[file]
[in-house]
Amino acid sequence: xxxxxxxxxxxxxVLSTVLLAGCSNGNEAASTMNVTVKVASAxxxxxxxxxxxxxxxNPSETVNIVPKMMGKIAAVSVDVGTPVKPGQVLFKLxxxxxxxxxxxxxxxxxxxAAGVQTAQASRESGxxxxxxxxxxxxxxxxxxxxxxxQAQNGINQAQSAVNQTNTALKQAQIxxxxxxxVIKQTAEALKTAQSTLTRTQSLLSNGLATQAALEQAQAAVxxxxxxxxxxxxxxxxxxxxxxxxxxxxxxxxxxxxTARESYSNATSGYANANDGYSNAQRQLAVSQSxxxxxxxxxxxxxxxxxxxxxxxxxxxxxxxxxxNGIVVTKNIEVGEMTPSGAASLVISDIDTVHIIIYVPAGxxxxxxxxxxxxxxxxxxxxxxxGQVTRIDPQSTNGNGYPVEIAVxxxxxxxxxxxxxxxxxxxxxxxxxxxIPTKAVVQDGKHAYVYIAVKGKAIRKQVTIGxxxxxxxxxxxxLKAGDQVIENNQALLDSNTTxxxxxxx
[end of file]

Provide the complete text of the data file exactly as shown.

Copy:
[in-house]
Amino acid sequence: xxxxxxxxxxxxxVLSTVLLAGCSNGNEAASTMNVTVKVASAxxxxxxxxxxxxxxxNPSETVNIVPKMMGKIAAVSVDVGTPVKPGQVLFKLxxxxxxxxxxxxxxxxxxxAAGVQTAQASRESGxxxxxxxxxxxxxxxxxxxxxxxQAQNGINQAQSAVNQTNTALKQAQIxxxxxxxVIKQTAEALKTAQSTLTRTQSLLSNGLATQAALEQAQAAVxxxxxxxxxxxxxxxxxxxxxxxxxxxxxxxxxxxxTARESYSNATSGYANANDGYSNAQRQLAVSQSxxxxxxxxxxxxxxxxxxxxxxxxxxxxxxxxxxNGIVVTKNIEVGEMTPSGAASLVISDIDTVHIIIYVPAGxxxxxxxxxxxxxxxxxxxxxxxGQVTRIDPQSTNGNGYPVEIAVxxxxxxxxxxxxxxxxxxxxxxxxxxxIPTKAVVQDGKHAYVYIAVKGKAIRKQVTIGxxxxxxxxxxxxLKAGDQVIENNQALLDSNTTxxxxxxx